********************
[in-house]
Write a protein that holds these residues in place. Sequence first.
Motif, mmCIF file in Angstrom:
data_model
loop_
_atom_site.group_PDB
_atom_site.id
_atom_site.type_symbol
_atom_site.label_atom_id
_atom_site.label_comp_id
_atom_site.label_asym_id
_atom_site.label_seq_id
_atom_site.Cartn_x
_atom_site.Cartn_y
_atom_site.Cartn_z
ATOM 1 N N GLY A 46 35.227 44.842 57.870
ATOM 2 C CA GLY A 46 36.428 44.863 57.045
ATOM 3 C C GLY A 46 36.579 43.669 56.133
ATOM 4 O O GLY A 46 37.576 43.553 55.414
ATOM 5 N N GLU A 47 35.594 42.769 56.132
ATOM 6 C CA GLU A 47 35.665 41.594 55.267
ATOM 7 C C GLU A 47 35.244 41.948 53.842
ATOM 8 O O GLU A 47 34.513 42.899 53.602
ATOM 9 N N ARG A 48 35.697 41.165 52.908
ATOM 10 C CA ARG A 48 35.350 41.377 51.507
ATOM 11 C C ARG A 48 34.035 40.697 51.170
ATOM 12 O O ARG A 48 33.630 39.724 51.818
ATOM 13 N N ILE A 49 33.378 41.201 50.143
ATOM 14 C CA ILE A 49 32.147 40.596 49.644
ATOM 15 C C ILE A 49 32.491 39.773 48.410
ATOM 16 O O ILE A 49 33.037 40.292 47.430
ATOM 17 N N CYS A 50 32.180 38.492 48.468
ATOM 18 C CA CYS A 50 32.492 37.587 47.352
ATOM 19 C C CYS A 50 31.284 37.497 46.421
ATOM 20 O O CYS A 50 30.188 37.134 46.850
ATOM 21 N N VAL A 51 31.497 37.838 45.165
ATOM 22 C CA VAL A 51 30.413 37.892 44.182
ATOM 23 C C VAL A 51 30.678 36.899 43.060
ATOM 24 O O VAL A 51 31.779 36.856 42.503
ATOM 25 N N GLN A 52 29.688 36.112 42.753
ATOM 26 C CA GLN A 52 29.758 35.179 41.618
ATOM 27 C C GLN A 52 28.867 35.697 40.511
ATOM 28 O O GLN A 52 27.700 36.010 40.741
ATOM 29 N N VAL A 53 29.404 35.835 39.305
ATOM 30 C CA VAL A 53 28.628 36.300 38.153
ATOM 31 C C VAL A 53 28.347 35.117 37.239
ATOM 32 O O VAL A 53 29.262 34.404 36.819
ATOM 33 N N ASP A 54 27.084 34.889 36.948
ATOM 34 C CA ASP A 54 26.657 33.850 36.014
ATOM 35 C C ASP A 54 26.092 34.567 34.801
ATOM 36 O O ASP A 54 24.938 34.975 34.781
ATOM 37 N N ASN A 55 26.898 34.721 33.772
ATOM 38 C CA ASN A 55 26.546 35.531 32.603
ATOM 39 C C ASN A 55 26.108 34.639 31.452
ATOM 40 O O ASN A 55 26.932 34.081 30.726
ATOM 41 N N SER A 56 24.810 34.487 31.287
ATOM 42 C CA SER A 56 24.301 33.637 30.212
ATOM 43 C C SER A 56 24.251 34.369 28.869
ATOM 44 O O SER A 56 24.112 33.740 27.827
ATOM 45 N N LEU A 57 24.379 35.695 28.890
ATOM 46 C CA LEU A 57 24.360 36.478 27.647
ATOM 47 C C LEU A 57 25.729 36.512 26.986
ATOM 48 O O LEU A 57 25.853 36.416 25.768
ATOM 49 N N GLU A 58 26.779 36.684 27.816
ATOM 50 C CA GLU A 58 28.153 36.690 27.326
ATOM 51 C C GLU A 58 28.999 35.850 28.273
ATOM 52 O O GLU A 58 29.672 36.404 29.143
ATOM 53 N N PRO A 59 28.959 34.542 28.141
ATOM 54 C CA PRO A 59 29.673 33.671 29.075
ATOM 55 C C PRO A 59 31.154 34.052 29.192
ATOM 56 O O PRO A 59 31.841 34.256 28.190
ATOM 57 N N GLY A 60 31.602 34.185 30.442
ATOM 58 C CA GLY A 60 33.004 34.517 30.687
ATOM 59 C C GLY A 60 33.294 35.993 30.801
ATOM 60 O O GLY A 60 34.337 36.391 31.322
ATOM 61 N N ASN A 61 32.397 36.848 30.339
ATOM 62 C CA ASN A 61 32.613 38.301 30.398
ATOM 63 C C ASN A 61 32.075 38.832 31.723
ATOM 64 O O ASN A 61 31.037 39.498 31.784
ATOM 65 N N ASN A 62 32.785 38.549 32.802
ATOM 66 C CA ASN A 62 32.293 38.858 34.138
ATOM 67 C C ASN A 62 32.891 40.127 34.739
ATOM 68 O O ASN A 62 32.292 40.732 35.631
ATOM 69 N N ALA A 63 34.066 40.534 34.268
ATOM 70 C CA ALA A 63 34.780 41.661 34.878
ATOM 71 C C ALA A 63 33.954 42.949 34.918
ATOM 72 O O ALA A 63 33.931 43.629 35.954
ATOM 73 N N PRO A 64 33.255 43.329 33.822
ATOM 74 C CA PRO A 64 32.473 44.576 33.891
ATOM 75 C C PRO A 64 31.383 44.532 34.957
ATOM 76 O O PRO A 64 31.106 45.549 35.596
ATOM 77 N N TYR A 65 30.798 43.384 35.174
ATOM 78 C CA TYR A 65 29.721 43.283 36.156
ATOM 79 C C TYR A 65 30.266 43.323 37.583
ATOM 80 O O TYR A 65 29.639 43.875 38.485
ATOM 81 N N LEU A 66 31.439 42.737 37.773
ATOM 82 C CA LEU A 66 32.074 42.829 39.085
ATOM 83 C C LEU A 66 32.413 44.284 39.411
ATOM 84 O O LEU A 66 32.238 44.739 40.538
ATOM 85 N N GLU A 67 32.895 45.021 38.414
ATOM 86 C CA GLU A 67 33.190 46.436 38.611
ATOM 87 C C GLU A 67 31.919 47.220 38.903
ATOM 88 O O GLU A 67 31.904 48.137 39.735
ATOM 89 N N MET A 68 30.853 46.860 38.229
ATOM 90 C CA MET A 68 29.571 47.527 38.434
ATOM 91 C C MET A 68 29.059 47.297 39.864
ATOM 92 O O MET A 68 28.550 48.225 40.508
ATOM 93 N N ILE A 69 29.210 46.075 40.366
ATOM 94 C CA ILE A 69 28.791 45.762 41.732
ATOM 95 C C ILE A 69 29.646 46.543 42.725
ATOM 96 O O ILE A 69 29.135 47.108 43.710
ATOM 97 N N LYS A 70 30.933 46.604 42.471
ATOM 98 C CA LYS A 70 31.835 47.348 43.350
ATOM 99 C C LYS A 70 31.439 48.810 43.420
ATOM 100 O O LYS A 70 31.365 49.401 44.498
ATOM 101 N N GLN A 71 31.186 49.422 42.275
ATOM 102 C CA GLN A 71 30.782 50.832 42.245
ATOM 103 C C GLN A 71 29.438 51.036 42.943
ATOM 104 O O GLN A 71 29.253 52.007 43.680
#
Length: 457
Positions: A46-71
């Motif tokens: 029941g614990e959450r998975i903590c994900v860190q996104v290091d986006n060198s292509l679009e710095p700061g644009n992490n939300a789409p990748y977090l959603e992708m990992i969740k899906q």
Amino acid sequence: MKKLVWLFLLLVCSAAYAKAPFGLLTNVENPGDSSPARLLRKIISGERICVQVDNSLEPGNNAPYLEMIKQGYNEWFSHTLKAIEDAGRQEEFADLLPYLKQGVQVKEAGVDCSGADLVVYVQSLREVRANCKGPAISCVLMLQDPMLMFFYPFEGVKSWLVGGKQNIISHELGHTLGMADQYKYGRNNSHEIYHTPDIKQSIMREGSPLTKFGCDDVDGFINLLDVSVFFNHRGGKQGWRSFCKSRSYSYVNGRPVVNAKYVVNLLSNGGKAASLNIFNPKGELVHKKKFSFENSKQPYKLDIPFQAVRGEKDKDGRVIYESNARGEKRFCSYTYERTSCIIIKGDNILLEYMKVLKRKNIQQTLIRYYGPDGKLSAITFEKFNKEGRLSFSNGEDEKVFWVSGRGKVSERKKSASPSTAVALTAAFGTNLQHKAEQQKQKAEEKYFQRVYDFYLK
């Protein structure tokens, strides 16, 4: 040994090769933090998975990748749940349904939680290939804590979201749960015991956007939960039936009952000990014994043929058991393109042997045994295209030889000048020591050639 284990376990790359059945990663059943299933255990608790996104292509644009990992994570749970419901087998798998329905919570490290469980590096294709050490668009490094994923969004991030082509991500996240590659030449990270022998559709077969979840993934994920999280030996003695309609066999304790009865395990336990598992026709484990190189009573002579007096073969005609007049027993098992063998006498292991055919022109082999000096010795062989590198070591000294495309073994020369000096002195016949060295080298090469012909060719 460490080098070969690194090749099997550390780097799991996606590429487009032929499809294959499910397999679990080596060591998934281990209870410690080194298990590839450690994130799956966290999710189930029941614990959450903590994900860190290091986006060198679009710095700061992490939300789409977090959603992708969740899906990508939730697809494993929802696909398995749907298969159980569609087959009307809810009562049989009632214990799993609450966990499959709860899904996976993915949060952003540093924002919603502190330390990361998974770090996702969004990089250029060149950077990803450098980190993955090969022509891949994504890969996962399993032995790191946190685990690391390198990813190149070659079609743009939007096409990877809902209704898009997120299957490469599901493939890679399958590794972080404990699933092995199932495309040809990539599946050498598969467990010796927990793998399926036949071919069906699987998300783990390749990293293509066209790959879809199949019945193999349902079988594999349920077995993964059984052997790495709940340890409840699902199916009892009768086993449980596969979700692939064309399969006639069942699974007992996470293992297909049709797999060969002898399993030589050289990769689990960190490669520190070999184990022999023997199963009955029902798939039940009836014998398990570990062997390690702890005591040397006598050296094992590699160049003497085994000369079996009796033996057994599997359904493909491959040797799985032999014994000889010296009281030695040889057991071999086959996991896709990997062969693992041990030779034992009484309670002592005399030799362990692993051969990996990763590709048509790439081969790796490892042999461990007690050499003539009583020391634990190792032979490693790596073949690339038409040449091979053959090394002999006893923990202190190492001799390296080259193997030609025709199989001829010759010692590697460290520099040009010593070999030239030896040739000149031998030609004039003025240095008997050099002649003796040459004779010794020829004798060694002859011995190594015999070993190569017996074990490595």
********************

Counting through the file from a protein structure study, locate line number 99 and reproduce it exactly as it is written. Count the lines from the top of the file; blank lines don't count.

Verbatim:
ATOM 84 O O LEU A 66 32.238 44.739 40.538